Please join us Saturday, October 10 at 2:00pm at the Best Western Mill Creek Inn in Salem, OR and get caught up with what's happening locally and across the country in immigration politics all while enjoying some delicious pizza.

Donald Trump, like him or not, has blown the lid off the immigration conversation and in so doing has forced candidates to address the immigration issue head on....finally!

Because of Trump's campaign trail comments and his surge in the polls because of those comments, OFIR and immigration organizations and activists across the country are in a phenomenal position to make real headway in stemming the flow of illegal aliens into our country.

At the meeting, special guest Oregon Republican Chairman Bill Currier will be there to explain how the ORP plans to actively face down the immigration issues we struggle with here in Oregon.

Representative Mike Nearman and Representative Greg Baretto will be joining us to explain what's happening in the Oregon Legislature.

OFIR has been busy working to advance 2 initiatives. We will be talking about our progress on both of them and how you can help.

OFIR and our fantastic members and friends must be ready with renewed energy and resources to take advantage of the opportunities before us and to tackle the important challenges we will be facing in this coming election year.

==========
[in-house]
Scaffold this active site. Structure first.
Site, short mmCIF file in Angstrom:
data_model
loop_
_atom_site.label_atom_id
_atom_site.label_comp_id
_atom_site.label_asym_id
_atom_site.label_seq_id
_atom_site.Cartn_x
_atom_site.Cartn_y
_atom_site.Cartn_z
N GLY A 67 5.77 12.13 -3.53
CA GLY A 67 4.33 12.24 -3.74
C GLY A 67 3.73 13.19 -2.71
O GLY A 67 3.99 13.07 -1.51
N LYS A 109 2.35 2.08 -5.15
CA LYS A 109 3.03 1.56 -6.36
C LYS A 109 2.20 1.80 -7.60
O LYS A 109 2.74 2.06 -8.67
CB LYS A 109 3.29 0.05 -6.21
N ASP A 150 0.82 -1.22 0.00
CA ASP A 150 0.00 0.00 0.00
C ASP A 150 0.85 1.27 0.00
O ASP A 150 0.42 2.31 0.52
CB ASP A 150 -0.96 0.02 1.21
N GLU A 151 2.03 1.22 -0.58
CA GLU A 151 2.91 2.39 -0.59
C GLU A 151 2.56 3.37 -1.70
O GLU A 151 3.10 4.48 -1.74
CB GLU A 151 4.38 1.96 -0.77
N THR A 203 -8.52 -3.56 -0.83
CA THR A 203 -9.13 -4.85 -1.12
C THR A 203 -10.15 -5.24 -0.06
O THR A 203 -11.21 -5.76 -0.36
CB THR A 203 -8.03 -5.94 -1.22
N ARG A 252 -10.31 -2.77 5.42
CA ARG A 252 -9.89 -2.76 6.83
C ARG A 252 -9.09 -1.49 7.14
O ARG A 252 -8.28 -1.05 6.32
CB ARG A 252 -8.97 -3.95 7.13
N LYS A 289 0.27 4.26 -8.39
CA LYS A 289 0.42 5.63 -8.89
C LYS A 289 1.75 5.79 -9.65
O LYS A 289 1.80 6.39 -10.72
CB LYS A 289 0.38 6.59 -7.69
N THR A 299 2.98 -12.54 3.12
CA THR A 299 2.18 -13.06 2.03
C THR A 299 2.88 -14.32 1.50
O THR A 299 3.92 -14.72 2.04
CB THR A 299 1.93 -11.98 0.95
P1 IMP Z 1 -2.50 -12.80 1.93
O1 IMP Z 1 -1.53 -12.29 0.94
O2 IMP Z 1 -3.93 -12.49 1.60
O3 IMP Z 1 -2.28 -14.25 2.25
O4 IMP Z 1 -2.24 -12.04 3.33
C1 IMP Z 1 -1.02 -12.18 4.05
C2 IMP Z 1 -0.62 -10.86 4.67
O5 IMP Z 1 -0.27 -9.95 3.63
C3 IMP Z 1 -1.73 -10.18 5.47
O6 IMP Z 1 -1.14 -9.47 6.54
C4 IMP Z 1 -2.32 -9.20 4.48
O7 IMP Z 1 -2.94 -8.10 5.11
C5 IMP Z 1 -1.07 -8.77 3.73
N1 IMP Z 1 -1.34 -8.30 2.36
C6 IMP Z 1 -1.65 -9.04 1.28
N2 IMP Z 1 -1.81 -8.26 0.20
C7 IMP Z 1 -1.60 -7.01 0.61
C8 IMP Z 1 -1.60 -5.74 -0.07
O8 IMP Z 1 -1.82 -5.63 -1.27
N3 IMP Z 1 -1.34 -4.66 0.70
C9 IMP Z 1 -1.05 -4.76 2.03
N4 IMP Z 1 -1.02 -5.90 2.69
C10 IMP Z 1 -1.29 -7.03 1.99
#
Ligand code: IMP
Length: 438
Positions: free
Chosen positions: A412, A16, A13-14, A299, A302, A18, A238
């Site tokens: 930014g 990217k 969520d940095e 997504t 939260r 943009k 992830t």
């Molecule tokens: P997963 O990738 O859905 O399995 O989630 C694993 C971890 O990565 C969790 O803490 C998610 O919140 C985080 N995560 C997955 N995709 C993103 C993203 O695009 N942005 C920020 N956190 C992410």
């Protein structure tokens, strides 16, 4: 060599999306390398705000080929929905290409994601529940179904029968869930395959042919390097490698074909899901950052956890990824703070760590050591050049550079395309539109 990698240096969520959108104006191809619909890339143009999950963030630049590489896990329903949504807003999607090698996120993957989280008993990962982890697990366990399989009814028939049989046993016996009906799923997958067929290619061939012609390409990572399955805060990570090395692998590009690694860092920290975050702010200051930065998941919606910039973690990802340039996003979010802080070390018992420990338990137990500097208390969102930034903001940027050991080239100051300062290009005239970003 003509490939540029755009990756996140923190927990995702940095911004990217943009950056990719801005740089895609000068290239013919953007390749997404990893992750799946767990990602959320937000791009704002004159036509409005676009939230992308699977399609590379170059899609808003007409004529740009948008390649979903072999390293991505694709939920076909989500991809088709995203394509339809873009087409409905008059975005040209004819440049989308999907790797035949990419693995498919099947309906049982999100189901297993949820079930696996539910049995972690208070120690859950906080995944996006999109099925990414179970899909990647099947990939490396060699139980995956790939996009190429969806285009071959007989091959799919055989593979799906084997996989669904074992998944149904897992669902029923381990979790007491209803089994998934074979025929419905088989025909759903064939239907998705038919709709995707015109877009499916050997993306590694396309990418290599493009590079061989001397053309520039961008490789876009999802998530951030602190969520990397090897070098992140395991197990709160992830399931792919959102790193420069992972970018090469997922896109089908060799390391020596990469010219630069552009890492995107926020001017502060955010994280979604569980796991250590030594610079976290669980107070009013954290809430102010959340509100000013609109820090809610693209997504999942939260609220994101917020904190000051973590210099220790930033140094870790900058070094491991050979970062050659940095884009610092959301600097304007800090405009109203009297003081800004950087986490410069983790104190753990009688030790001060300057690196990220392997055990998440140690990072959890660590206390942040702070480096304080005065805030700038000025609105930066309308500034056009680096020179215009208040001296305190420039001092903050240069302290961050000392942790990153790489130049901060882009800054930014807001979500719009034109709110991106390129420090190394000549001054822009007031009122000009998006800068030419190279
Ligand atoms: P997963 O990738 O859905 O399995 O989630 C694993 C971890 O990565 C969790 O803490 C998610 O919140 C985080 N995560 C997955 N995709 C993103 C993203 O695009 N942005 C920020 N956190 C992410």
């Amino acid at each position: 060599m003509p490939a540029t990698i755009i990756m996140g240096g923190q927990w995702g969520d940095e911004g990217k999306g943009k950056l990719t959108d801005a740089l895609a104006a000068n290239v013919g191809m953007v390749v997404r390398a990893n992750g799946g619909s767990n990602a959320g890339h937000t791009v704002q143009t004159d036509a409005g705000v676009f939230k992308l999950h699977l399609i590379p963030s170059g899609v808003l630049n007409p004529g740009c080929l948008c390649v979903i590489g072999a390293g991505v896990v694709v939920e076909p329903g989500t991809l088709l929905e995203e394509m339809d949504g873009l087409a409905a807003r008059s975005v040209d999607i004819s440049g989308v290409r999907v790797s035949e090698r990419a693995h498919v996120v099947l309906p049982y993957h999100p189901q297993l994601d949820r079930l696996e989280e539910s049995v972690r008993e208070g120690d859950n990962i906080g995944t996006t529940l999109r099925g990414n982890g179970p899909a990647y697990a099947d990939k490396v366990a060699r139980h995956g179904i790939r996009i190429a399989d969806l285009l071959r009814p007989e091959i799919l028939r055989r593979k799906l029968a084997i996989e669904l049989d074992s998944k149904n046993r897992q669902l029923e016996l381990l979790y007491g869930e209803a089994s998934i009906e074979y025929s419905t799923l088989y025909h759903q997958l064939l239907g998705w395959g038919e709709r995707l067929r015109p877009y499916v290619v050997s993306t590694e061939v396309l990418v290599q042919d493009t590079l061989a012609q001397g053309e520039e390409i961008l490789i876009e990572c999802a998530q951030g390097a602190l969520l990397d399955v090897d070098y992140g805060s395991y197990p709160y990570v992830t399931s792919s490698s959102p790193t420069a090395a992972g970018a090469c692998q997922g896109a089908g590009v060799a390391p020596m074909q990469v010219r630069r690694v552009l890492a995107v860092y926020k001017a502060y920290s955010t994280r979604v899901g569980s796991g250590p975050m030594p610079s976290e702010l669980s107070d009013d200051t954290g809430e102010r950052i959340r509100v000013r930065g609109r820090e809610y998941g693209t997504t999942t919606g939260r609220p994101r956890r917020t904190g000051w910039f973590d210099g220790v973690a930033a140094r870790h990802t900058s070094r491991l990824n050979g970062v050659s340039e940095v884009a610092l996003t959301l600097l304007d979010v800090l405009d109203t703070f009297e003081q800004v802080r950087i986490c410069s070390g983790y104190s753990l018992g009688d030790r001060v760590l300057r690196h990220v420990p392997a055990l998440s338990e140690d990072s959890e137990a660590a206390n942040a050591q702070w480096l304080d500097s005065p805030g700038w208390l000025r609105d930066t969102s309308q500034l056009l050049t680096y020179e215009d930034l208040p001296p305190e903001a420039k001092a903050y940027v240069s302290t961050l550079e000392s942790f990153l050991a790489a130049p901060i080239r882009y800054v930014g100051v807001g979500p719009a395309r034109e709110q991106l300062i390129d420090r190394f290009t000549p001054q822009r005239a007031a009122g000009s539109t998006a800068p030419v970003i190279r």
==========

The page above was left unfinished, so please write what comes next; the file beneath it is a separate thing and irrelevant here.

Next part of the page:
Please consider bringing along a contribution to OFIR and take advantage of our $15,000 matching grant?


 

Dems defy Oregon voters on funding illegal immigrants

by Richard F. LaMountain

What will it take for the Legislature’s Democratic majority to heed Oregonians’ will?

Last year, via Ballot Measure 88, Oregon voters rejected the illegal-immigrant driver cards the Legislature approved in 2013.  The magnitude of that rejection — the margin was almost two-to-one — made clear: the vote transcended the issue of driver cards to constitute a broad mandate against state-government benefits for illegal immigrants.

In the 2015 session, however, the Democratic majority legislated as though Measure 88’s outcome had been the opposite — passing laws, indeed, that give many illegal immigrants a better shot at taxpayer-funded educational aid than most American citizens.

Senate Bill 932, which Gov. Kate Brown signed Aug. 12, credentials certain illegal immigrants — those who entered the United States as minors and graduated from Oregon high schools — to compete against U.S. citizens for need-based Oregon Opportunity Grants to the state’s colleges.  And to aid them in doing so, House Bill 2407, which Brown signed in early July, gives them race-based preferences over American students seeking the same.